New Central Bank measures on arrears to include write downs

Thursday 14 March 2013 11.38
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Government and Central Bank unveil new measures to tackle mortgage arrears crisis
Government and Central Bank unveil new measures to tackle mortgage arrears crisis
Central Bank's Matthew Elderfield stresses that ''early and on-going engagement between the borrower and lender is critical''
Central Bank's Matthew Elderfield stresses that ''early and on-going engagement between the borrower and lender is critical''
Michael Noonan says repossession ''is at the end of a long sequence'
Michael Noonan says repossession ''is at the end of a long sequence'

The Government and the Central Bank have unveiled unprecedented measures to tackle the mortgage arrears crisis.

The steps put greater emphasis on writing down debt while acknowledging some borrowers will have to volunteer to surrender possession of properties.

Banks will be forced to reach sustainable solutions with 20% of borrowers in arrears by the end of July.

That figure will increase to 30% by the end of the third quarter of 2013 and 50% by the end of the year.

The Central Bank also said today it was starting a consultation process on its code of conduct on mortgage arrears.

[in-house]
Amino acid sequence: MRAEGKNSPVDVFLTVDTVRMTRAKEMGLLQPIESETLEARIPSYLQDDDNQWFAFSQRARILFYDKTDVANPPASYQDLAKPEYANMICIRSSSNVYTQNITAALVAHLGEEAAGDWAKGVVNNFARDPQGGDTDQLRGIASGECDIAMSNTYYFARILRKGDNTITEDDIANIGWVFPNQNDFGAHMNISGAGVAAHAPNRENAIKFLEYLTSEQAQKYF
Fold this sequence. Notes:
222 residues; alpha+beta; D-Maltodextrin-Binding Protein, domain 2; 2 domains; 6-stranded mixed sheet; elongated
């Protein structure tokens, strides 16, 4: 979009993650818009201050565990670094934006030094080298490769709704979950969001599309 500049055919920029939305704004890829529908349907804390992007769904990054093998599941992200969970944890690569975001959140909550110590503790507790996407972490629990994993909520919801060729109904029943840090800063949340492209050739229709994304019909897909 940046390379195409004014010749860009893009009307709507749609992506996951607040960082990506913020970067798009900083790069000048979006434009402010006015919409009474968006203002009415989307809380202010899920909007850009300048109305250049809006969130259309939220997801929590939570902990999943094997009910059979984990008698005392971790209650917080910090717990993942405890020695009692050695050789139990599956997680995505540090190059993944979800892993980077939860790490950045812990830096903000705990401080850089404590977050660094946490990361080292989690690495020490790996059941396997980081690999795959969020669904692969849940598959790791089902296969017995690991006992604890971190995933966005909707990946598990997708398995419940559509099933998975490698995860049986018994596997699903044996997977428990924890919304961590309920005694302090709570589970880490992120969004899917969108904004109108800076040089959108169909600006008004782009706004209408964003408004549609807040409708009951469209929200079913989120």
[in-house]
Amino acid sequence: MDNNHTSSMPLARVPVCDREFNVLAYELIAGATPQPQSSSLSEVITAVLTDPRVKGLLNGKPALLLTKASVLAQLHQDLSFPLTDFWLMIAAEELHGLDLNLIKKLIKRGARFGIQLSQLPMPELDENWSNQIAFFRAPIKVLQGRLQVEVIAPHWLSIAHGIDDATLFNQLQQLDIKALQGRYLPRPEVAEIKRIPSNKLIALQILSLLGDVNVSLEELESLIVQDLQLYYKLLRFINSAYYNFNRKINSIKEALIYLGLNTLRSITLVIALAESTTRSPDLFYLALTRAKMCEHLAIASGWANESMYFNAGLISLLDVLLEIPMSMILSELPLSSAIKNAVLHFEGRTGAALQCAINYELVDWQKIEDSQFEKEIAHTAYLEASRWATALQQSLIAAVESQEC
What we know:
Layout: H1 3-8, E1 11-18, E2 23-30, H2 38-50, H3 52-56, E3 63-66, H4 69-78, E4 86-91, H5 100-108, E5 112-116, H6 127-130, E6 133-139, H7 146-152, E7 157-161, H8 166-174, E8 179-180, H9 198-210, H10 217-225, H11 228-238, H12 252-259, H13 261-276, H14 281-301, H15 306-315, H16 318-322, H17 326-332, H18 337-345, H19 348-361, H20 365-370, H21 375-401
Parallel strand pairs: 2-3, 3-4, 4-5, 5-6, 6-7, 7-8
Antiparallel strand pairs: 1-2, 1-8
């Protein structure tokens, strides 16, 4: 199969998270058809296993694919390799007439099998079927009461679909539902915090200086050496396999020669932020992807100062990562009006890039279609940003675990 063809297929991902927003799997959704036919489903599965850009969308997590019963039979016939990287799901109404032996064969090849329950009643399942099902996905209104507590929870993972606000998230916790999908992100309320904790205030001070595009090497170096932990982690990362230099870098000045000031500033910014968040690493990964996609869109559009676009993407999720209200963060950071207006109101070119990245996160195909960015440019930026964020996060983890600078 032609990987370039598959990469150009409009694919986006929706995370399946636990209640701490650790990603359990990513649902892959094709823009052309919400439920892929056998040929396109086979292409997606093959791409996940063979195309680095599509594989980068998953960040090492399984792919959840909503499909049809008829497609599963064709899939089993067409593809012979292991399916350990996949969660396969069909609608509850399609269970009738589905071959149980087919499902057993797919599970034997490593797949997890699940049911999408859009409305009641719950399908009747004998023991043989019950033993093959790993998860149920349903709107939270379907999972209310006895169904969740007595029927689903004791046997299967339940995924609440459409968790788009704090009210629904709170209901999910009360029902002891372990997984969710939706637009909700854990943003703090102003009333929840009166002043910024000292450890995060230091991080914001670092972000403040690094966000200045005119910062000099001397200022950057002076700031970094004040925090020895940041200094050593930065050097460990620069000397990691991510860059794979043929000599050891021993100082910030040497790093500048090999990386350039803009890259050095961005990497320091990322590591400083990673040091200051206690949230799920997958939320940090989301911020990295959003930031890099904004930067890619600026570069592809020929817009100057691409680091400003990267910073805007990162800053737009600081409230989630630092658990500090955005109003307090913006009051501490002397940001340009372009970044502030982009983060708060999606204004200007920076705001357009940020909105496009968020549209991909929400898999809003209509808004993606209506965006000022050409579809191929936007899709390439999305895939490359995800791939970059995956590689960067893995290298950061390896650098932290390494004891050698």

That will see the restriction which blocked banks from making more than three unsolicited contacts with customers per month dropped.

The Central Bank has not found the banks were harassing customers in its site visits to banks, but was concerned that the limited contacts were hampering lenders dealing with arrears.

The new policy will see borrowers afforded breathing space to deal with banks while blocking banks from harassing customers.

Consideration will also be given to whether there is merit in allowing a lender to move a borrower in arrears off a tracker, where the bank has offered an alternative arrangement ''which is more advantageous in the long term''.

Significantly, as part of the new targets for banks, regulators are openly asking lenders to include debt forgiveness if it is appropriate.

In the Central Bank's definition of a sustainable solution, it includes repayment of "a revised principal sum" - in other words some of the debt being written down if the bank offers a deal to a customer.

The Central Bank hopes to increase the use of split mortgages. This would see a home loan divided into two parts with the customer paying the first part and the second part would be parked without interest accruing in some circumstances.

In some cases the second part would be written off at the end of the term of the home loan. However, it would be up to individual banks to determine if this would be appropriate.

If a new sustainable solution can not be reached with the bank, the borrower has the option to use the personal insolvency arrangements which will be operational in June.

If banks fail to restructure loans they will have to write down the loans to value of the loan to repossession value of the property. That will require banks to set aside more capital for loans in arrears.

The measures will cover AIB, Bank of Ireland, Permanent TSB, Ulster Bank, KBC and ACC.

Mixed reaction to arrears announcement